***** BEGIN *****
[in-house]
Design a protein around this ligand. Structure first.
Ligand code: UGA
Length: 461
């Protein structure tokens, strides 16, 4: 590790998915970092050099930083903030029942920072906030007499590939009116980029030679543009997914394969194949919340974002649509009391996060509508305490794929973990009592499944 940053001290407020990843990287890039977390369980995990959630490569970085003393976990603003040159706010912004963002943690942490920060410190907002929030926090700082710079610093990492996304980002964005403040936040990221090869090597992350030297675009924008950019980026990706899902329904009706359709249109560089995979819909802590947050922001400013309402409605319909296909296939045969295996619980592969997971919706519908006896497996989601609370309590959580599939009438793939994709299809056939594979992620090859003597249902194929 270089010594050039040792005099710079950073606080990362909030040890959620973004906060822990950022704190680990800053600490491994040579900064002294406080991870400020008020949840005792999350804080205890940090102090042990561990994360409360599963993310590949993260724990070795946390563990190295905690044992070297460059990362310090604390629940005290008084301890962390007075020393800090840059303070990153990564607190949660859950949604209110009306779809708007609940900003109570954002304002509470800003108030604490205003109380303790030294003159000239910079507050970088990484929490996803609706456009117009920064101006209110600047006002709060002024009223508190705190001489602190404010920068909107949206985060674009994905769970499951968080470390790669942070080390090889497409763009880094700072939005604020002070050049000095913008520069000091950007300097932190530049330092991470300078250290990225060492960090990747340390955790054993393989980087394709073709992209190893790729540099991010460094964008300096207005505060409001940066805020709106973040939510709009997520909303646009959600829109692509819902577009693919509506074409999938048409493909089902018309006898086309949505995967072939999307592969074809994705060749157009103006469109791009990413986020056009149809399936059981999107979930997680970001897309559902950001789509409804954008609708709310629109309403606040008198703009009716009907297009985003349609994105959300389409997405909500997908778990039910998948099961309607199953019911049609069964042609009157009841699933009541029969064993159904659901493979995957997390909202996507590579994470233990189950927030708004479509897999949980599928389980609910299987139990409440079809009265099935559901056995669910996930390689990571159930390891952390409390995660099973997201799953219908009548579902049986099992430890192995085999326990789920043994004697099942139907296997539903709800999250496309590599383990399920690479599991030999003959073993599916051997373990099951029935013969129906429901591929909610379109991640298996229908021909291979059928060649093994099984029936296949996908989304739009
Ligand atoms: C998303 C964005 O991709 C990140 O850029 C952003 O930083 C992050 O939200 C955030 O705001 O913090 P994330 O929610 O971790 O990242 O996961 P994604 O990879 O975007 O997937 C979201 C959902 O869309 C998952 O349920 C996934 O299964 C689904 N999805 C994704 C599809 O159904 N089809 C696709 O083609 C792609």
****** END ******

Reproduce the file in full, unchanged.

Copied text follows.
[in-house]
Design a protein around this ligand. Structure first.
Ligand code: UGA
Length: 461
């Protein structure tokens, strides 16, 4: 590790998915970092050099930083903030029942920072906030007499590939009116980029030679543009997914394969194949919340974002649509009391996060509508305490794929973990009592499944 940053001290407020990843990287890039977390369980995990959630490569970085003393976990603003040159706010912004963002943690942490920060410190907002929030926090700082710079610093990492996304980002964005403040936040990221090869090597992350030297675009924008950019980026990706899902329904009706359709249109560089995979819909802590947050922001400013309402409605319909296909296939045969295996619980592969997971919706519908006896497996989601609370309590959580599939009438793939994709299809056939594979992620090859003597249902194929 270089010594050039040792005099710079950073606080990362909030040890959620973004906060822990950022704190680990800053600490491994040579900064002294406080991870400020008020949840005792999350804080205890940090102090042990561990994360409360599963993310590949993260724990070795946390563990190295905690044992070297460059990362310090604390629940005290008084301890962390007075020393800090840059303070990153990564607190949660859950949604209110009306779809708007609940900003109570954002304002509470800003108030604490205003109380303790030294003159000239910079507050970088990484929490996803609706456009117009920064101006209110600047006002709060002024009223508190705190001489602190404010920068909107949206985060674009994905769970499951968080470390790669942070080390090889497409763009880094700072939005604020002070050049000095913008520069000091950007300097932190530049330092991470300078250290990225060492960090990747340390955790054993393989980087394709073709992209190893790729540099991010460094964008300096207005505060409001940066805020709106973040939510709009997520909303646009959600829109692509819902577009693919509506074409999938048409493909089902018309006898086309949505995967072939999307592969074809994705060749157009103006469109791009990413986020056009149809399936059981999107979930997680970001897309559902950001789509409804954008609708709310629109309403606040008198703009009716009907297009985003349609994105959300389409997405909500997908778990039910998948099961309607199953019911049609069964042609009157009841699933009541029969064993159904659901493979995957997390909202996507590579994470233990189950927030708004479509897999949980599928389980609910299987139990409440079809009265099935559901056995669910996930390689990571159930390891952390409390995660099973997201799953219908009548579902049986099992430890192995085999326990789920043994004697099942139907296997539903709800999250496309590599383990399920690479599991030999003959073993599916051997373990099951029935013969129906429901591929909610379109991640298996229908021909291979059928060649093994099984029936296949996908989304739009
Ligand atoms: C998303 C964005 O991709 C990140 O850029 C952003 O930083 C992050 O939200 C955030 O705001 O913090 P994330 O929610 O971790 O990242 O996961 P994604 O990879 O975007 O997937 C979201 C959902 O869309 C998952 O349920 C996934 O299964 C689904 N999805 C994704 C599809 O159904 N089809 C696709 O083609 C792609």